Accessibility links

Breaking News

Report: Saudi Will Develop Nuclear Bomb if Iran Does


FILE - Saudi Arabia's Crown Prince Mohammed bin Salman gestures during the graduation ceremony of the 93rd batch of the cadets of King Faisal Air Academy, in Riyadh, Feb. 21, 2018. (Reuters)
Report: Saudi Will Develop Nuclear Bomb if Iran Does
please wait

No media source currently available

0:00 0:03:20 0:00


The crown prince of Saudi Arabia said his country will develop nuclear weapons if its rival Iran does.

Prince Mohammed bin Salman told the American television network CBS, “Saudi Arabia does not want to acquire any nuclear bomb, but without a doubt if Iran developed a nuclear bomb, we will follow suit as soon as possible.”

The CBS report with the prince will air on Sunday.

The prince’s statement raised the chances of a nuclear arms race in the Middle East.

Saudi Arabia, a Sunni Muslim kingdom, and Iran, a Shi’ite-majority republic, are longtime rivals. The two countries are backing opposing groups in armed conflicts in Iraq, Syria, Lebanon and Yemen.

Saudi Arabia has criticized the 2015 nuclear deal between world powers and Iran. The deal lifted economic sanctions on Iran in exchange for limits on its nuclear energy program.

U.S. President Donald Trump has described that agreement as a “terrible deal.” The United States will restart sanctions against the country unless Trump issues new “waivers” to suspend them on May 12.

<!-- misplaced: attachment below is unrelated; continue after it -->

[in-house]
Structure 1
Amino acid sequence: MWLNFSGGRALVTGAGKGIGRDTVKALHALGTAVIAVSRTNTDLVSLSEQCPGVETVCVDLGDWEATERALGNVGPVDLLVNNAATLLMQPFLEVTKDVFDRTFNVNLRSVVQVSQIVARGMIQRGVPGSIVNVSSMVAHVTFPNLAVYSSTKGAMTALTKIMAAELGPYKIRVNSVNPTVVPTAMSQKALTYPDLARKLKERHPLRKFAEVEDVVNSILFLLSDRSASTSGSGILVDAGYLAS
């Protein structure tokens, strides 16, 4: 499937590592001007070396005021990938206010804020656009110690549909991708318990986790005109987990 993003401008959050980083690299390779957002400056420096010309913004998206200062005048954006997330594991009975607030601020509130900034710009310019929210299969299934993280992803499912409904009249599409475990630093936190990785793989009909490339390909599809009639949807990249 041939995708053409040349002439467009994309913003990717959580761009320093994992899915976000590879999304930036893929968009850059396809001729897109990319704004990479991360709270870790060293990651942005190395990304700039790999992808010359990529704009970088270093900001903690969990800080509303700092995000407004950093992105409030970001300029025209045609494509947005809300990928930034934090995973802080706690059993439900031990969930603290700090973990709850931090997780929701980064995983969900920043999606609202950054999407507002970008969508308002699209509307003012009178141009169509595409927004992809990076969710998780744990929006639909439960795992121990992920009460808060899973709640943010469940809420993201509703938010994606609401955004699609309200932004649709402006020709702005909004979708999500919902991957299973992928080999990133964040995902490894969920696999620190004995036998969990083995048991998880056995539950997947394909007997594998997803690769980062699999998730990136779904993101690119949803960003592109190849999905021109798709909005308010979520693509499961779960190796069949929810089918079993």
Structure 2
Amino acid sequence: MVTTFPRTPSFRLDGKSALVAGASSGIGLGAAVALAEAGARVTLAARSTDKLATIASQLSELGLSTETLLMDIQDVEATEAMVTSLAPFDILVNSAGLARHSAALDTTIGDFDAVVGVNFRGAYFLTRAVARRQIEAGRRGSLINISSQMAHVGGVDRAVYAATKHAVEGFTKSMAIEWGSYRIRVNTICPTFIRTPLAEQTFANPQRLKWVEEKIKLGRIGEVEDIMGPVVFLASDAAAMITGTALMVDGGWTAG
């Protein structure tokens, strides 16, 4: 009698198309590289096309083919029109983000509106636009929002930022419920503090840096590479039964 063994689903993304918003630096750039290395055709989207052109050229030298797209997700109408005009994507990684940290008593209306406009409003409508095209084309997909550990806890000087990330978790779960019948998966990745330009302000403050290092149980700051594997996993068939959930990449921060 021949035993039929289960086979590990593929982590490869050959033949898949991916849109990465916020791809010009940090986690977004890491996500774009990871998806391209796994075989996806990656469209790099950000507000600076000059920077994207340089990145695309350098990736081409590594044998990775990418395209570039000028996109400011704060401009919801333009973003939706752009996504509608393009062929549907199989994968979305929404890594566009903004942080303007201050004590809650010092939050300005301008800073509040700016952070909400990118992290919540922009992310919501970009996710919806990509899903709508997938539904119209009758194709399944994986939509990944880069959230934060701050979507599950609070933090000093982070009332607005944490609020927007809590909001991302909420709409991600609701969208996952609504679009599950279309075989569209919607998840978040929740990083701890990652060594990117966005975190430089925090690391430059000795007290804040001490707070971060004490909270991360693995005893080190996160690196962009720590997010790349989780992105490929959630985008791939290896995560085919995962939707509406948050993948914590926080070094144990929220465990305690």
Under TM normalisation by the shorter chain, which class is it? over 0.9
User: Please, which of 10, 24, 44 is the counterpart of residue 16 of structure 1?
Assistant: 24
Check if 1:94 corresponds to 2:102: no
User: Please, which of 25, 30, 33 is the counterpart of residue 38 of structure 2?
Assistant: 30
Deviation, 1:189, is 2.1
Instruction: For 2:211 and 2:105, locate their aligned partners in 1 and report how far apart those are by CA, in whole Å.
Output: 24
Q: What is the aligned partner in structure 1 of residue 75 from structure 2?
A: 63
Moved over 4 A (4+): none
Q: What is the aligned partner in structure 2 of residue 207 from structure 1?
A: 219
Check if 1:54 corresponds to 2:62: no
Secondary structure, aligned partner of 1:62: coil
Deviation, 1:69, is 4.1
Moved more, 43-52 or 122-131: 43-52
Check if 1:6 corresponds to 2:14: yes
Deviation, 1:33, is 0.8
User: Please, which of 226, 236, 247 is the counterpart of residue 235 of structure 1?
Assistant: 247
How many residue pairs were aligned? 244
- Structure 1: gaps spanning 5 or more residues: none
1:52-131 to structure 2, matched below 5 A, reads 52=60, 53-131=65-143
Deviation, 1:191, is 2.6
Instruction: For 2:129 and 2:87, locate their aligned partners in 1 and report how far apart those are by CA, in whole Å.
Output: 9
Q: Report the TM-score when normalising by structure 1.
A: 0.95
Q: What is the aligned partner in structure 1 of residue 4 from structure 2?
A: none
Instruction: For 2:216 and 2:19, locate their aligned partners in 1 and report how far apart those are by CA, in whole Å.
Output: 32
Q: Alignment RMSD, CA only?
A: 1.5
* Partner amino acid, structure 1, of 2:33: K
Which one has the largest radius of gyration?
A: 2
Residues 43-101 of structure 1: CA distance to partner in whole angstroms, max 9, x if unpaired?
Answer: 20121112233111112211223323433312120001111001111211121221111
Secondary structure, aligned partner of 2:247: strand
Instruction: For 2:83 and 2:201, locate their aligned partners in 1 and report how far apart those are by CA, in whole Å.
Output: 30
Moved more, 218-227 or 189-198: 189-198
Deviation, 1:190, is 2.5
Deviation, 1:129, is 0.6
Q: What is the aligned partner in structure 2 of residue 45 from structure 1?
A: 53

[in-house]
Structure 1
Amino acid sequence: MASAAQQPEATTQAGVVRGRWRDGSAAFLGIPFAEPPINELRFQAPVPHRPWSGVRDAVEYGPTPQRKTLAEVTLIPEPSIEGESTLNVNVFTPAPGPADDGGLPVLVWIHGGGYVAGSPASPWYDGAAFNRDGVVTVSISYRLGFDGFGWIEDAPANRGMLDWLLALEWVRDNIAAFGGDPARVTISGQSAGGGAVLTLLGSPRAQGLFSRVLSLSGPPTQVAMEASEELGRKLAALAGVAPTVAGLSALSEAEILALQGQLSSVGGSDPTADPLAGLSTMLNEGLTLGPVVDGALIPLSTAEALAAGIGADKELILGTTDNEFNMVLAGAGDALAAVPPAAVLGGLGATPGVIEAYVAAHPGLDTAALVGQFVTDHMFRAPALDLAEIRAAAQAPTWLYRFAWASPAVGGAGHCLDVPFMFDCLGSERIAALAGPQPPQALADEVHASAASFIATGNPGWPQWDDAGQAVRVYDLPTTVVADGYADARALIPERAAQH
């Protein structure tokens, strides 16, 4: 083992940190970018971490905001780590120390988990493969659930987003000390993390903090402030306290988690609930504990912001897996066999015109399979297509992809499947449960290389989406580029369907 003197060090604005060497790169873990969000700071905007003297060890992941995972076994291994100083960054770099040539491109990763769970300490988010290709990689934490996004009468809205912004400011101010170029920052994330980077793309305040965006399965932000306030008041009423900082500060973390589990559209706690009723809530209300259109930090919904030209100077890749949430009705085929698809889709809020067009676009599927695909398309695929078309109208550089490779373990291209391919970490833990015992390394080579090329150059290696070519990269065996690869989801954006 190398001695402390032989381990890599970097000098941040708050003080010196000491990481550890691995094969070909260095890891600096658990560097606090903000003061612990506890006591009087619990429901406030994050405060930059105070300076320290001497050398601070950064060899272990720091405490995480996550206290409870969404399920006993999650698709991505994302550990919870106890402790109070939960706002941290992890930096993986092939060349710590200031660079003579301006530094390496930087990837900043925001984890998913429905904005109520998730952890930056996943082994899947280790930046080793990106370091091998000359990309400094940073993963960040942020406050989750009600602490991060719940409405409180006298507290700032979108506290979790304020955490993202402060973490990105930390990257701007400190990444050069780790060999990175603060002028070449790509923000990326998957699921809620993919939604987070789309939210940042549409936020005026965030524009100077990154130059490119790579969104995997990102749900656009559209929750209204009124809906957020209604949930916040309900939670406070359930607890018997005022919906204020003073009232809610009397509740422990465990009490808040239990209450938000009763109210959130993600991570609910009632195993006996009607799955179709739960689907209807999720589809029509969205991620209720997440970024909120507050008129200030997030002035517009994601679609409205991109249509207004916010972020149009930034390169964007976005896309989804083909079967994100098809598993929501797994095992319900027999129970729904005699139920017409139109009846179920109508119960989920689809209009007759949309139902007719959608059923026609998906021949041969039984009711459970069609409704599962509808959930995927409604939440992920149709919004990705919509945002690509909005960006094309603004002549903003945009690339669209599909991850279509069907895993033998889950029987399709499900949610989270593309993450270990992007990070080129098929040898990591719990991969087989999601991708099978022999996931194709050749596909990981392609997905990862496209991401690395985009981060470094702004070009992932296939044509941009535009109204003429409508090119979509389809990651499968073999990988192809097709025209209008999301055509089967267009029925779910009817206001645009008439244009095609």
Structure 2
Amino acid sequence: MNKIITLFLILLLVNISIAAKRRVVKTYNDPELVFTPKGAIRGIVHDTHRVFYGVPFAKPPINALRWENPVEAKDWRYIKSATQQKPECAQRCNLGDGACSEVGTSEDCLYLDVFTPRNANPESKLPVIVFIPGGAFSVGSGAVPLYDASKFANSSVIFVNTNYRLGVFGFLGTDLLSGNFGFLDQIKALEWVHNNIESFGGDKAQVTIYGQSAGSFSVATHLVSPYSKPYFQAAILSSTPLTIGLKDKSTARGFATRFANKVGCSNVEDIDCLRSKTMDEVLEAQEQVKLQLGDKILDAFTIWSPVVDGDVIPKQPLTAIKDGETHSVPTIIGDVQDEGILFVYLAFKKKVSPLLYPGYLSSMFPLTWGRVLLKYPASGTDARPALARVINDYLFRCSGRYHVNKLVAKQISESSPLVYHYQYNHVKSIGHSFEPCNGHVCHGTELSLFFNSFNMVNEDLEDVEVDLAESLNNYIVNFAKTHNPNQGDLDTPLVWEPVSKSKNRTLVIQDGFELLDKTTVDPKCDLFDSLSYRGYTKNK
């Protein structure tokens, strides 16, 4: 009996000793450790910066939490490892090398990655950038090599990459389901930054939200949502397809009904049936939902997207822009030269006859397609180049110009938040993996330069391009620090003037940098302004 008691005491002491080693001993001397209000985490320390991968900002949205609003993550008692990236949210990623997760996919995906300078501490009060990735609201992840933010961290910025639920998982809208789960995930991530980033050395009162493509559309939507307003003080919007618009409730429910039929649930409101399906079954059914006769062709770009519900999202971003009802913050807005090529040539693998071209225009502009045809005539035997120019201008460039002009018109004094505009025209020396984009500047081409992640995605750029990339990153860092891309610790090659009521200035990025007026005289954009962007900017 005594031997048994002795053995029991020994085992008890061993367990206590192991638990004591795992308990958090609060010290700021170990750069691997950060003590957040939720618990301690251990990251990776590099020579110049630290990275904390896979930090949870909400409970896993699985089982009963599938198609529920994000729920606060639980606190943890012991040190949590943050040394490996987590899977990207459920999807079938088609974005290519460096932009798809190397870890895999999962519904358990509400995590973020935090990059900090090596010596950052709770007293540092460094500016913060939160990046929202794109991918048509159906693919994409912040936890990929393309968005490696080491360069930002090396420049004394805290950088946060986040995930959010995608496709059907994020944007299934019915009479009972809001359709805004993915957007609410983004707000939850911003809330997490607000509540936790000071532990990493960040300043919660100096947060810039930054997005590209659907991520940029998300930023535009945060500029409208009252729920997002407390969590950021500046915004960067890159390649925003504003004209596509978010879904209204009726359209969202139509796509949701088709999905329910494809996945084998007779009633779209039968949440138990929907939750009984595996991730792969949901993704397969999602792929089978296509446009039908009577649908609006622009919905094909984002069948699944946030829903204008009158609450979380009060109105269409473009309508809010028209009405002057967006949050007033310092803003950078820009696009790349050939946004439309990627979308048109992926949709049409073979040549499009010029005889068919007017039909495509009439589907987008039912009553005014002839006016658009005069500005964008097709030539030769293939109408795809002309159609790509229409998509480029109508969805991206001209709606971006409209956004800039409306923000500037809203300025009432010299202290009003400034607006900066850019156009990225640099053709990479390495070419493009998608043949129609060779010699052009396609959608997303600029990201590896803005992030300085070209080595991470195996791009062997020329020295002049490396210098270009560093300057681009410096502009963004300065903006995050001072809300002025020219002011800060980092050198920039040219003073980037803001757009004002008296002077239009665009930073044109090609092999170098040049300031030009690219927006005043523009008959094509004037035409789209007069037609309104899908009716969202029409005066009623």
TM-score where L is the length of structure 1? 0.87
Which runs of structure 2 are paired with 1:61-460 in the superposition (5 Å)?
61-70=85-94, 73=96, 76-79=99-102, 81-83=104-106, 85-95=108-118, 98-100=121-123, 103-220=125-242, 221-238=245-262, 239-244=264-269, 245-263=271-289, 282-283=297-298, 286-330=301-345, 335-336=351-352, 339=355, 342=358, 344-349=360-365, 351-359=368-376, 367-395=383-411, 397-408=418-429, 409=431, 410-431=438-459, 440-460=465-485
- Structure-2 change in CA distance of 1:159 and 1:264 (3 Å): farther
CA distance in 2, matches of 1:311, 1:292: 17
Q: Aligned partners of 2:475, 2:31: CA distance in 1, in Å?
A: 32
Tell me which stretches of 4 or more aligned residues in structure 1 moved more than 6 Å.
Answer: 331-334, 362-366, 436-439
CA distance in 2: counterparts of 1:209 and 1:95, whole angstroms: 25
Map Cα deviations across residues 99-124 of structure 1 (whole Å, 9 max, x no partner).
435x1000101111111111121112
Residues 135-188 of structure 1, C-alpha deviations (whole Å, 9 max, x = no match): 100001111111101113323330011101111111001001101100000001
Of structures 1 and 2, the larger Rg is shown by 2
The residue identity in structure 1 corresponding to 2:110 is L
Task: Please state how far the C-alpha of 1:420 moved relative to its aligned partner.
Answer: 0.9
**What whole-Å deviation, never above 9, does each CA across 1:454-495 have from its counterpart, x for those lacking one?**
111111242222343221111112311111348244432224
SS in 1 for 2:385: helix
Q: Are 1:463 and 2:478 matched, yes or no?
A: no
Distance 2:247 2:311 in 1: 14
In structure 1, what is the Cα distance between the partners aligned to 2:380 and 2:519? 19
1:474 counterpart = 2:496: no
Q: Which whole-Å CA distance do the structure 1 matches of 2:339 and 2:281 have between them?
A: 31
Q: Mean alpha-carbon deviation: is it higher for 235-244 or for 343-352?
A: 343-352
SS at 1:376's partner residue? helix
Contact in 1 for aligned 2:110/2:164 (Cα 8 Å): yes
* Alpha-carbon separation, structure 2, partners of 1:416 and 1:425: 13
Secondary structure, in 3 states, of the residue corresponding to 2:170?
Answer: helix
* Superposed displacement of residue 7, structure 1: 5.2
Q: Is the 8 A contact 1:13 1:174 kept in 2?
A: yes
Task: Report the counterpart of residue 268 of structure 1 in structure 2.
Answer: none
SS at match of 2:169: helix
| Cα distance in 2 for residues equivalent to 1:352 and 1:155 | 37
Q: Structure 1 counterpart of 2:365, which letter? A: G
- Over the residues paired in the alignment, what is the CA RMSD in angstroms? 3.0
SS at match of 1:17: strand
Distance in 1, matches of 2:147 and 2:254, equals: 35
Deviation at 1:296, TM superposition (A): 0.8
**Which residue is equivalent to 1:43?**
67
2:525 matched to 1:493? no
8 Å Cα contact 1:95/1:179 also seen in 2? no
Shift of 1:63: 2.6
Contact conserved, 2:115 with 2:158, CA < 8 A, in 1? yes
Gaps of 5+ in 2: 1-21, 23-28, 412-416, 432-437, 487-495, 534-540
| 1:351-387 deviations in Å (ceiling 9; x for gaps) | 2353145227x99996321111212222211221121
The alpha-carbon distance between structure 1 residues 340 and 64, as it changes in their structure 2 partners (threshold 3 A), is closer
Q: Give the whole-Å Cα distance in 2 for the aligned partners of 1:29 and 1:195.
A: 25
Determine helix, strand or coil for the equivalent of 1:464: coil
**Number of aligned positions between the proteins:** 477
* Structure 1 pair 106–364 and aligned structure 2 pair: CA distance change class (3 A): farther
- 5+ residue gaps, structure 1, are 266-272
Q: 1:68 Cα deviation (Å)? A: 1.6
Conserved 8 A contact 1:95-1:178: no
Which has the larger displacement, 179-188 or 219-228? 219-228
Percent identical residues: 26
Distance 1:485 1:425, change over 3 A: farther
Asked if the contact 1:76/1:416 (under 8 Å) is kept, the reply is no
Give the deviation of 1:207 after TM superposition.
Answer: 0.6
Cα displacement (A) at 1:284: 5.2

An American withdrawal from the nuclear deal would likely lead to the restarting of nuclear development in Iran.

Civilian nuclear program

Saudi Arabia is currently developing a civilian nuclear energy program to reduce its economy’s dependence on oil.

Saudi Arabia, the world’s top oil exporter, has previously said it wants nuclear technology only for peaceful uses. But it is unclear whether it also wants to enrich uranium to produce nuclear fuel. The process can also be used to produce atomic weapons.

The United States, South Korea, Russia, France and China are competing for a deal to build the country’s first two nuclear reactors.

American companies can only transfer nuclear technology to a country that has signed an agreement that rules out domestic uranium enrichment and the preprocessing of spent nuclear fuel. Such steps can have military uses.

So far, Saudi Arabia has refused to sign any agreement that would take away its ability to one day enrich uranium. This has been at the center of worldwide concerns over Iran’s nuclear program, which enriches uranium domestically.

Hai Do adapted this story for Learning English based on Reuters news reports. Ashley Thompson was the editor.

Write to us in the Comments Section or on our Facebook page.

______________________________________________________________

Words in This Story

rival - n. country that tries to defeat or be more successful than another

acquire - v. to get something

follow suit - v. to do the same thing

waiver - n. an official document indicating desire to give up a right or requirement

enrich uranium - v. develop higher concentration of uranium through the process of isotope separation

transfer - v. to move something from one place to another

domestic - adj. of, relating to, or made in your own country

Your opinion

Show comments

XS
SM
MD
LG